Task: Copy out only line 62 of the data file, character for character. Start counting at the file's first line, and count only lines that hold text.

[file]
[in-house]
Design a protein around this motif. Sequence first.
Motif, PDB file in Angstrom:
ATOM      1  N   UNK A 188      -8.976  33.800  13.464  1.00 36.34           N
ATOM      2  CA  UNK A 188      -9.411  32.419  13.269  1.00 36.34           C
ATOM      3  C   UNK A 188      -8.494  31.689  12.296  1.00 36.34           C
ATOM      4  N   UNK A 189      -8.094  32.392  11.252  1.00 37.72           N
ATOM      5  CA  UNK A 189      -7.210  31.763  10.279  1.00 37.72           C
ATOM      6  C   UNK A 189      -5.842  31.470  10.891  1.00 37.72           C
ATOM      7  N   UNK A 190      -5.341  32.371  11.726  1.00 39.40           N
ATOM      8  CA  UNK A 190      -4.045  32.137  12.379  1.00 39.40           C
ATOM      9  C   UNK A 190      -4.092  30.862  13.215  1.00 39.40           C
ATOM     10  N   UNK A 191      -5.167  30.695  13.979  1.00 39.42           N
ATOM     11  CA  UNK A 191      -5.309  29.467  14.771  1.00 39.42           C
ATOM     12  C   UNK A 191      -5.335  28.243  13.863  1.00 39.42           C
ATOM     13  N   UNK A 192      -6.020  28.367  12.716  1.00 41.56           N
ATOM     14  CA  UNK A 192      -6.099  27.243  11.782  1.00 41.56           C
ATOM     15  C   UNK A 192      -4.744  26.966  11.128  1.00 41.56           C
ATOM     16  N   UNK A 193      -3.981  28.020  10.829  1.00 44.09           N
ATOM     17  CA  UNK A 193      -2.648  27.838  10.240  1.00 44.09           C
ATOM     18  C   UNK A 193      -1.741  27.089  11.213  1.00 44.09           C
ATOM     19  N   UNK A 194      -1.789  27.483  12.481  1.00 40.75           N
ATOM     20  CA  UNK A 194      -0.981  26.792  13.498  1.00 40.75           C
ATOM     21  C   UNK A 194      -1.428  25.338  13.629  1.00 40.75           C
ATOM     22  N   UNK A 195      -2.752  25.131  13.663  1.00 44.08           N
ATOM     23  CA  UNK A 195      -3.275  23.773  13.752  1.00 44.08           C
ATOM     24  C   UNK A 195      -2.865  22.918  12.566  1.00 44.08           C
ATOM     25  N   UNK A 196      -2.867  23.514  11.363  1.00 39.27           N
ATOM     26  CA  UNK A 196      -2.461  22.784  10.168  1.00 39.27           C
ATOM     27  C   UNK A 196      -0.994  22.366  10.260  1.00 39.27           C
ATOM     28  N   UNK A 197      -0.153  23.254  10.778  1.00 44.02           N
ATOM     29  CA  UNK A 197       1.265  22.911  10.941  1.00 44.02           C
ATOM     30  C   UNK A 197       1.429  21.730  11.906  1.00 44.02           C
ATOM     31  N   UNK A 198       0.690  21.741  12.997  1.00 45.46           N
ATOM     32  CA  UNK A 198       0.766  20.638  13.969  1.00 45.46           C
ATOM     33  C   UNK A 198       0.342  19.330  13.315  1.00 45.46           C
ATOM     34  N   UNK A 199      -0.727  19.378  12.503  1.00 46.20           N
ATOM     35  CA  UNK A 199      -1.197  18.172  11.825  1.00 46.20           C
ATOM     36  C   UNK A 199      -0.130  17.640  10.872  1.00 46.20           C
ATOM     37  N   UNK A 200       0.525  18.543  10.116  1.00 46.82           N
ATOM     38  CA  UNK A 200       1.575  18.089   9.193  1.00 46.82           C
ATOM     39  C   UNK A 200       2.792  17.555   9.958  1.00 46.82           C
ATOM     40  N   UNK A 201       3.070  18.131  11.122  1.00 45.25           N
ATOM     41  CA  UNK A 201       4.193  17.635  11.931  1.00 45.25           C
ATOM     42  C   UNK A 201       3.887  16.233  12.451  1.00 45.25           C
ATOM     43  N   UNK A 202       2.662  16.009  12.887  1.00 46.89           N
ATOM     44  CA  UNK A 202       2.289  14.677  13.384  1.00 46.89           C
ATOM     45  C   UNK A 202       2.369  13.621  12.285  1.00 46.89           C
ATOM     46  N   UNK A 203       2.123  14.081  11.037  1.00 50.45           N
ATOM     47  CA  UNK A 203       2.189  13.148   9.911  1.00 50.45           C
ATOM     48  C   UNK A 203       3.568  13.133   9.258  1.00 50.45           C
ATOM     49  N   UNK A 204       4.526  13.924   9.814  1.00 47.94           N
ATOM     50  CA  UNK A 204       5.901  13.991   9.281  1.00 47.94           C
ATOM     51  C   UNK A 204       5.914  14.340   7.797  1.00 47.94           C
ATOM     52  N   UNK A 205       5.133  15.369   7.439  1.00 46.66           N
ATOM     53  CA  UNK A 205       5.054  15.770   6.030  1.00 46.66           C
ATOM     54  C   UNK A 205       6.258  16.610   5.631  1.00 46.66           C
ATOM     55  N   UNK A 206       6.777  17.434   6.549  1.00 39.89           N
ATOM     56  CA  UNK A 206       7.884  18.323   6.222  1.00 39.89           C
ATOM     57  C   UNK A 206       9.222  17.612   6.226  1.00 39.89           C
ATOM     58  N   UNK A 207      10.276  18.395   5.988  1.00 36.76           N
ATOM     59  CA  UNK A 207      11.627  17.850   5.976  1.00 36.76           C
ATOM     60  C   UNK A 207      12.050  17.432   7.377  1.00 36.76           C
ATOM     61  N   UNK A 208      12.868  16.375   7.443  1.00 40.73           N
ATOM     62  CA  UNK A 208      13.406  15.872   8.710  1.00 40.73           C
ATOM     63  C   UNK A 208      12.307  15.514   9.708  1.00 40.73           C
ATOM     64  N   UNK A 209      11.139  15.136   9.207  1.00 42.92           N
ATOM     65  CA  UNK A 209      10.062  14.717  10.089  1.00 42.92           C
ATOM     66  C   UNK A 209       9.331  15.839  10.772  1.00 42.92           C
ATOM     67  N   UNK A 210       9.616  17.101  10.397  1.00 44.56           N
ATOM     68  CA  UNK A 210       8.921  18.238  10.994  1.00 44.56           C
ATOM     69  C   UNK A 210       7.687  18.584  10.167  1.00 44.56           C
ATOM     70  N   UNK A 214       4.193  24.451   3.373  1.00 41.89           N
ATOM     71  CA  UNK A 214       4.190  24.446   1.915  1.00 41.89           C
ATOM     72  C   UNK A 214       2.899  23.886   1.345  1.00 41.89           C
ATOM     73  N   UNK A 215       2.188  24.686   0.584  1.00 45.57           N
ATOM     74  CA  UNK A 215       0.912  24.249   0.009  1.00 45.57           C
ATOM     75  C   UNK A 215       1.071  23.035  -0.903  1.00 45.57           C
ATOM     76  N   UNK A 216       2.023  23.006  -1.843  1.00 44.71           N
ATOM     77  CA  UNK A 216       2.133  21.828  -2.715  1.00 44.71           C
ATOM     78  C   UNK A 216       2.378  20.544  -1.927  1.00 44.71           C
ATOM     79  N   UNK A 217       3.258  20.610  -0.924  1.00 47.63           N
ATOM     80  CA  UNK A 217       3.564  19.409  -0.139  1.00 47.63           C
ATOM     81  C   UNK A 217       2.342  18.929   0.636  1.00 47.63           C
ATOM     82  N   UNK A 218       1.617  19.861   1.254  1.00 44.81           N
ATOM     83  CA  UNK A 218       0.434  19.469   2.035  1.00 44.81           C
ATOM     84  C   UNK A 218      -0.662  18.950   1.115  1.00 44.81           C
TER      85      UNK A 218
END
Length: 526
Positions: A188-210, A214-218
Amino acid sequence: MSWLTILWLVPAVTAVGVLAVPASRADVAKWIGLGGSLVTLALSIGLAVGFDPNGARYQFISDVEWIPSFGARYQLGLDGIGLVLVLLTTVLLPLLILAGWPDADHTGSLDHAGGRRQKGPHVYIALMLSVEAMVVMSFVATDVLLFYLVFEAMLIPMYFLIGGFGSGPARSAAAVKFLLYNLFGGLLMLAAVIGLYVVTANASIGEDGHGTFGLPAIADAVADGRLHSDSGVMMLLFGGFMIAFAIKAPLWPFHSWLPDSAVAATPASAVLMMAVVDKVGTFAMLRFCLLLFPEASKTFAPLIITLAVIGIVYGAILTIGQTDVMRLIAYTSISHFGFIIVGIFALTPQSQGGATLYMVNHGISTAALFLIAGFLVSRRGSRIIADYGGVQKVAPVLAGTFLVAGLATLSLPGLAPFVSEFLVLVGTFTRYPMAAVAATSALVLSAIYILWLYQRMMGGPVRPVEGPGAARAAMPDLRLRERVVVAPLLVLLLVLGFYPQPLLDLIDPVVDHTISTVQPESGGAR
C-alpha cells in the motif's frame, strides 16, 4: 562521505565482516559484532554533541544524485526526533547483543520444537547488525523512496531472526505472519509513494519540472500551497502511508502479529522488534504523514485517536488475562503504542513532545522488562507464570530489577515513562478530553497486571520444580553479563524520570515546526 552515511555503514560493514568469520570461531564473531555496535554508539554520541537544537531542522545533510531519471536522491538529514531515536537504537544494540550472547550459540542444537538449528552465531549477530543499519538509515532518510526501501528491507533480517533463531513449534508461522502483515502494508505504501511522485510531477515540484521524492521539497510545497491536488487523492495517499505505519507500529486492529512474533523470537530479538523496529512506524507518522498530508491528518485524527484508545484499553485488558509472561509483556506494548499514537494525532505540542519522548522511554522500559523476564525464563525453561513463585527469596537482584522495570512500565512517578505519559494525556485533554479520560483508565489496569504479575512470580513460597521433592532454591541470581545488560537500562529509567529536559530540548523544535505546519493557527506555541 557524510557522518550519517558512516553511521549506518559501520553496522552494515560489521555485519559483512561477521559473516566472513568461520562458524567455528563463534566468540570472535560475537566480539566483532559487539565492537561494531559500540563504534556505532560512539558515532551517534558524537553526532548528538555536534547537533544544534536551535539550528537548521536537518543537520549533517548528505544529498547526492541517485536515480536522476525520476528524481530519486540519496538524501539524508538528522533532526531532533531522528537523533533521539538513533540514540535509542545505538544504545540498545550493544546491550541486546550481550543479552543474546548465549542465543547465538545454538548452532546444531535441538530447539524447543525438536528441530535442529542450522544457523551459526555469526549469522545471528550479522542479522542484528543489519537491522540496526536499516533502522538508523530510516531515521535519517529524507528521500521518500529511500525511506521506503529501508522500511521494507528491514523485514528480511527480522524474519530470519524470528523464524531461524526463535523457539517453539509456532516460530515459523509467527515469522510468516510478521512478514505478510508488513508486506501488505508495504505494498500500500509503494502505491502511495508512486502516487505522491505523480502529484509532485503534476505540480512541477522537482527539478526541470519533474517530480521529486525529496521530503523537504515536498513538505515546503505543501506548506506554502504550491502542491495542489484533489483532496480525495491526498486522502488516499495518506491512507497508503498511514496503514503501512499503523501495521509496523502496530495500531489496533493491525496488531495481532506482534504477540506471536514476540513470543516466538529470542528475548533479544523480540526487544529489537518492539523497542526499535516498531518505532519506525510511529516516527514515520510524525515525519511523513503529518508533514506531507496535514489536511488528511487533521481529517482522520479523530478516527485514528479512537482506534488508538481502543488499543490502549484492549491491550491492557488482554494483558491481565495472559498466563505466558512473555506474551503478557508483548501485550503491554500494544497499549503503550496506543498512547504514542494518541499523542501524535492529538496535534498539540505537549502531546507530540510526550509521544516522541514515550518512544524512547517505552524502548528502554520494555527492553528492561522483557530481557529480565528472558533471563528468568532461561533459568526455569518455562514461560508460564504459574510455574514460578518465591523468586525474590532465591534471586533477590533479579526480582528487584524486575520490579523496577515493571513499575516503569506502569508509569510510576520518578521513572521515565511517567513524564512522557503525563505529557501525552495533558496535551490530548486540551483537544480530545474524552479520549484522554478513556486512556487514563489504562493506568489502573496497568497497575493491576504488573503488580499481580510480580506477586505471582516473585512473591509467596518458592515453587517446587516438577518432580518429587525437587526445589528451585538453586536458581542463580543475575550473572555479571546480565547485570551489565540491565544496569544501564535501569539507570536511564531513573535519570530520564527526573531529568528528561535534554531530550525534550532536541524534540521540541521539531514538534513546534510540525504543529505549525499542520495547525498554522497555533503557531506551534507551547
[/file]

ATOM     59  CA  UNK A 207      11.627  17.850   5.976  1.00 36.76           C